We have our trade deal, we have a number of efficacious vaccines, and the Government has an enormous amount of debt to service. While a rebound in GDP will see the tax take grow, the additional borrowing taken on in the pandemic has already led the Chancellor to increase corporation tax and freeze income tax thresholds.
Other taxes are unlikely to be reduced. Inheritance Tax fills a nice void of raising revenue for the Government without negatively impacting business performance. In other words, one should not expect Inheritance Tax liabilities to go away any time soon.
Sadly, the loss of life suffered by so many families is a strong reminder of the need for proper estate planning. March is also Free Will Month, allowing charities to provide or update simple wills, free of charge. Now might be the perfect time to bring up estate planning with clients.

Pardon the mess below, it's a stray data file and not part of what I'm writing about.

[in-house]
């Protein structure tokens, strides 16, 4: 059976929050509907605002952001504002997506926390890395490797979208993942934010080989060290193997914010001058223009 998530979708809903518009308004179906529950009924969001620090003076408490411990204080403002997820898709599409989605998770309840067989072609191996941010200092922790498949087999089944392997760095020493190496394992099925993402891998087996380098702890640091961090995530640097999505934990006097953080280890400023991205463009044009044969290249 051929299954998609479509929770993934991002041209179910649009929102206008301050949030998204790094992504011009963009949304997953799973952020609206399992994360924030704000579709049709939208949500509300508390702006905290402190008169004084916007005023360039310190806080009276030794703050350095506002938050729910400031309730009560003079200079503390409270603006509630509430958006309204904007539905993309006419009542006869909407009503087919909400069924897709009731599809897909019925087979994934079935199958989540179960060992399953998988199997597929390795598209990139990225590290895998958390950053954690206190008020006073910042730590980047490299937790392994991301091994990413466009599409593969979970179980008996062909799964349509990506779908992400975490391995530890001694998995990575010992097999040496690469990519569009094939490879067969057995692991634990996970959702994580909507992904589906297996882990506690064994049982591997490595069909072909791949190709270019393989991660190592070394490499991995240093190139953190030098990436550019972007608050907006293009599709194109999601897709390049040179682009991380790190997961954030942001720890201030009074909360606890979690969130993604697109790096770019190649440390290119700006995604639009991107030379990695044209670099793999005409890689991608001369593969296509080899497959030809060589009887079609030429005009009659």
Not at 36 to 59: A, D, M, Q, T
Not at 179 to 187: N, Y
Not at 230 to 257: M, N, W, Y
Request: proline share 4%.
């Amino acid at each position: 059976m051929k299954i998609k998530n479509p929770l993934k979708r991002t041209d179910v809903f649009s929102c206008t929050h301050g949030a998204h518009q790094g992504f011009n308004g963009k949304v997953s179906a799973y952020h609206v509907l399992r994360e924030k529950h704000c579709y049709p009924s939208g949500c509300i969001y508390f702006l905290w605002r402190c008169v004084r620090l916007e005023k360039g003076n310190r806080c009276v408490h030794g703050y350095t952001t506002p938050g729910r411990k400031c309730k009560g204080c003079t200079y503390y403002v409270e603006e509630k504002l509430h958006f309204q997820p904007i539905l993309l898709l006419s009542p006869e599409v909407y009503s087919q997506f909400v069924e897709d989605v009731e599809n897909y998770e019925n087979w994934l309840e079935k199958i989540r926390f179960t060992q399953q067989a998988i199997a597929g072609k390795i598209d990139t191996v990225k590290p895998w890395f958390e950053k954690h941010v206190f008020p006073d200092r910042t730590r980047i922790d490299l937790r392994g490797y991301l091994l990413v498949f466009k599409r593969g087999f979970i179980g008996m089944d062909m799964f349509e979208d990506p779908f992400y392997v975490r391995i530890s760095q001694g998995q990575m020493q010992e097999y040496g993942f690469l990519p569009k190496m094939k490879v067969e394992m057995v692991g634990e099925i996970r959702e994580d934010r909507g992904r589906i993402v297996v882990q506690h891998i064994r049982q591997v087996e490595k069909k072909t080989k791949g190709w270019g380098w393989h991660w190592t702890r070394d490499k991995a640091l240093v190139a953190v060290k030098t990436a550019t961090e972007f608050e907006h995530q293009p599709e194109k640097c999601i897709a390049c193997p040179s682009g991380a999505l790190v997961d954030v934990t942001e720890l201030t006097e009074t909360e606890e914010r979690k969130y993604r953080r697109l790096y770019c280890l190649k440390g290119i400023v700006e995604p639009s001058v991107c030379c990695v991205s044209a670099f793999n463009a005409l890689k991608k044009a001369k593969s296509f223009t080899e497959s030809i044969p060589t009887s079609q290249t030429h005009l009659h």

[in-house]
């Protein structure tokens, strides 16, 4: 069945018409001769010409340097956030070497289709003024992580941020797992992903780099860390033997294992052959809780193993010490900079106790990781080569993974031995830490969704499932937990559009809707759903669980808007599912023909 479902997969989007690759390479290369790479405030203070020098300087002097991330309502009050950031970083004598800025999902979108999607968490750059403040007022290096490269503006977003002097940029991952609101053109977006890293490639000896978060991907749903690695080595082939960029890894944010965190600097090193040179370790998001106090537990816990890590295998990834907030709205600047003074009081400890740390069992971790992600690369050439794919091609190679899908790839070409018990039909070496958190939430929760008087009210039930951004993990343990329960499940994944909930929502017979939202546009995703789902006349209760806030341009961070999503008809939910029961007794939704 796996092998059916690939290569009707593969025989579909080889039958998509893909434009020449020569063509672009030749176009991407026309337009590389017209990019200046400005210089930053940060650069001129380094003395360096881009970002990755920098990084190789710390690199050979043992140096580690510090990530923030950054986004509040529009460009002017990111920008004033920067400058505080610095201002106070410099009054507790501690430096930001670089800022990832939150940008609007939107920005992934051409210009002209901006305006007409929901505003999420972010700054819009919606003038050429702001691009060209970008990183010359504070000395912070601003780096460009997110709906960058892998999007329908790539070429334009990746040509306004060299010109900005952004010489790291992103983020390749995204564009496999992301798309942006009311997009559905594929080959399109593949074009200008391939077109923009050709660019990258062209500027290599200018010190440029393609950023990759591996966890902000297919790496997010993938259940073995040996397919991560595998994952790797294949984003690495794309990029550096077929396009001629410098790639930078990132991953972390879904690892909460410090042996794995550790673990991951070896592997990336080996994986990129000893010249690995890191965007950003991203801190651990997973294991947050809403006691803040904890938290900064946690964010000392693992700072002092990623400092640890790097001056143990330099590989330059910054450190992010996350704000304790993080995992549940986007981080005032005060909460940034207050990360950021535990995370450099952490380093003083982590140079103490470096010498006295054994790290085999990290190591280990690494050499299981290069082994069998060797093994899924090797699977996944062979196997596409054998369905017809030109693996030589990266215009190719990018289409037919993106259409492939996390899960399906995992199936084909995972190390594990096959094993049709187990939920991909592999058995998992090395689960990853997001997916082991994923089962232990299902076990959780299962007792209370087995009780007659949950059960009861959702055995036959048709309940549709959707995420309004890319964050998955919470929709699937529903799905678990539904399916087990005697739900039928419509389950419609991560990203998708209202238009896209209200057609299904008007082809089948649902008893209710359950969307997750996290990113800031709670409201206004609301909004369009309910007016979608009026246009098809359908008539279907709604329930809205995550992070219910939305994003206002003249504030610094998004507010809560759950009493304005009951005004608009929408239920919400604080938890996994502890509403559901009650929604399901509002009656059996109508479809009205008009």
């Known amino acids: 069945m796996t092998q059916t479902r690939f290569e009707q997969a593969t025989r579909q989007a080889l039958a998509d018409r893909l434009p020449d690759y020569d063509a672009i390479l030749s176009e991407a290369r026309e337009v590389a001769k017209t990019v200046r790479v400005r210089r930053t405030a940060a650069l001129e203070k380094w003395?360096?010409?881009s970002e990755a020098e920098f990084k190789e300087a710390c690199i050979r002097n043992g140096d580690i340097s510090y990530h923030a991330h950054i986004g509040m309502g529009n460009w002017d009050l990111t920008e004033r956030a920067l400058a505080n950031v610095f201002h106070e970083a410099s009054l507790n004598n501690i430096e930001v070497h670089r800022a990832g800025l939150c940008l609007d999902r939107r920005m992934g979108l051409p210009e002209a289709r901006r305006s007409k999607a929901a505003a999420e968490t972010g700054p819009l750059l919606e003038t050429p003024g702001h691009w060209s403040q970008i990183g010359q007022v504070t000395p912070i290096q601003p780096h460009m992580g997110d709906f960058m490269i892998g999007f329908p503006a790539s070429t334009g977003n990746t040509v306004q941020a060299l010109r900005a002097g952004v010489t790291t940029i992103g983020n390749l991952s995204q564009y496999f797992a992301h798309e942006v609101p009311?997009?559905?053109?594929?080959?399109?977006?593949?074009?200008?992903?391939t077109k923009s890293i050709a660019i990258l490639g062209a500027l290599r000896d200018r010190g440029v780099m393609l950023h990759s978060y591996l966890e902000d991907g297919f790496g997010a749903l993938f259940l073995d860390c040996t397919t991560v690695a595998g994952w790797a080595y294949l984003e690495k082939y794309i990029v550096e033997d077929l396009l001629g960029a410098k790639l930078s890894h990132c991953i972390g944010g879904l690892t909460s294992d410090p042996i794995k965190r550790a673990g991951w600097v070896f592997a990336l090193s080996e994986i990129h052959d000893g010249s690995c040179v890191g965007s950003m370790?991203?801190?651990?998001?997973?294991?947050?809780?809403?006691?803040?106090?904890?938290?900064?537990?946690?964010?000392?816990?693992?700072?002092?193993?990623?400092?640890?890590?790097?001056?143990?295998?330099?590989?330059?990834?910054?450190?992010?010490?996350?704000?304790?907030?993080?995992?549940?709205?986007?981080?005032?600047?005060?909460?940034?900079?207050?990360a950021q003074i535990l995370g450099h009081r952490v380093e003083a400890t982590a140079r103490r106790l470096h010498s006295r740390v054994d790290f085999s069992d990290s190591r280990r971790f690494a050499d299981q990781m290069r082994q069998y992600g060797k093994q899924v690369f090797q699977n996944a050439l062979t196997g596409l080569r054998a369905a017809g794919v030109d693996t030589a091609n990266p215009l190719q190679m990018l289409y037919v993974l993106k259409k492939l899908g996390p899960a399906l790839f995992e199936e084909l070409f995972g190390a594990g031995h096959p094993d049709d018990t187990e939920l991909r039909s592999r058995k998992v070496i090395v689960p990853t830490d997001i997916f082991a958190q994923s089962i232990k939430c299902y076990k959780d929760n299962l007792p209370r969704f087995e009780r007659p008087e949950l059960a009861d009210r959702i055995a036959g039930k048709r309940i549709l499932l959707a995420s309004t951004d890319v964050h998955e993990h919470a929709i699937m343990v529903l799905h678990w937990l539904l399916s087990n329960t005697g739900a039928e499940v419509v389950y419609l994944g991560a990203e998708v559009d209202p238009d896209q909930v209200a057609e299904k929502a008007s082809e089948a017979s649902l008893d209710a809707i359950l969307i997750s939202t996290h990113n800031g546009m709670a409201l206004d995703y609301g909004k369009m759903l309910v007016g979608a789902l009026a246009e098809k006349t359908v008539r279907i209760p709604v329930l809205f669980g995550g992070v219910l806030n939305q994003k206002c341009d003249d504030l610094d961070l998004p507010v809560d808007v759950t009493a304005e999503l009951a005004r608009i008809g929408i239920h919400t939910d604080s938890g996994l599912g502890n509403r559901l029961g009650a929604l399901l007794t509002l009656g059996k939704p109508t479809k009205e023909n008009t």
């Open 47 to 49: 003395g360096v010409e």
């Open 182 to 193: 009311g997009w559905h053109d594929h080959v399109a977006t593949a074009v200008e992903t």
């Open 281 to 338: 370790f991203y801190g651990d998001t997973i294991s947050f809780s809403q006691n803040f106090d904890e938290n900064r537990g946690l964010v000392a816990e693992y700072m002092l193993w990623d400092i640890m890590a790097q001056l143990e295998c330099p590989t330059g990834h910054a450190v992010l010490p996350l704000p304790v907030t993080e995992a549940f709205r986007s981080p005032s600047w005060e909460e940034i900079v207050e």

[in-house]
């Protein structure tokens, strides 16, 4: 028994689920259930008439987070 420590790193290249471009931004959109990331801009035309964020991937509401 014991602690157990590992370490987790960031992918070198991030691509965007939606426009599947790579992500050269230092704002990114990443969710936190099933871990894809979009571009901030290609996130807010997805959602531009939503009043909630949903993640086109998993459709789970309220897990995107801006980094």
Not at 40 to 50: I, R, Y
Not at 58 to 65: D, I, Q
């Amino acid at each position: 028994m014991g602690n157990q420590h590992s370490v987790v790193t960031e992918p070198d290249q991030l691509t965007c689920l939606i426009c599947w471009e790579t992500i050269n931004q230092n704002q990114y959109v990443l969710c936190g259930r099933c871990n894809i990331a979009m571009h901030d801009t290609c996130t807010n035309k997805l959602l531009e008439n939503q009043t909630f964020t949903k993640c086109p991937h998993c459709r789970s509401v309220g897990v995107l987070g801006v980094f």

Investing in AIM is an attractive option. There remain a wide number of undervalued businesses on AIM, many of which are well-placed to deliver strong growth over the coming years of economic recovery. That makes them ideal investment opportunities for Business Property Relief, where investment objectives tend to be more long term. In order to qualify for the relief, an investor must hold onto their shares for at least two years, after all.
By investing in the tried and tested method of AIM shares, advisers can play an important part in helping more families pass on more of their wealth to their loved ones.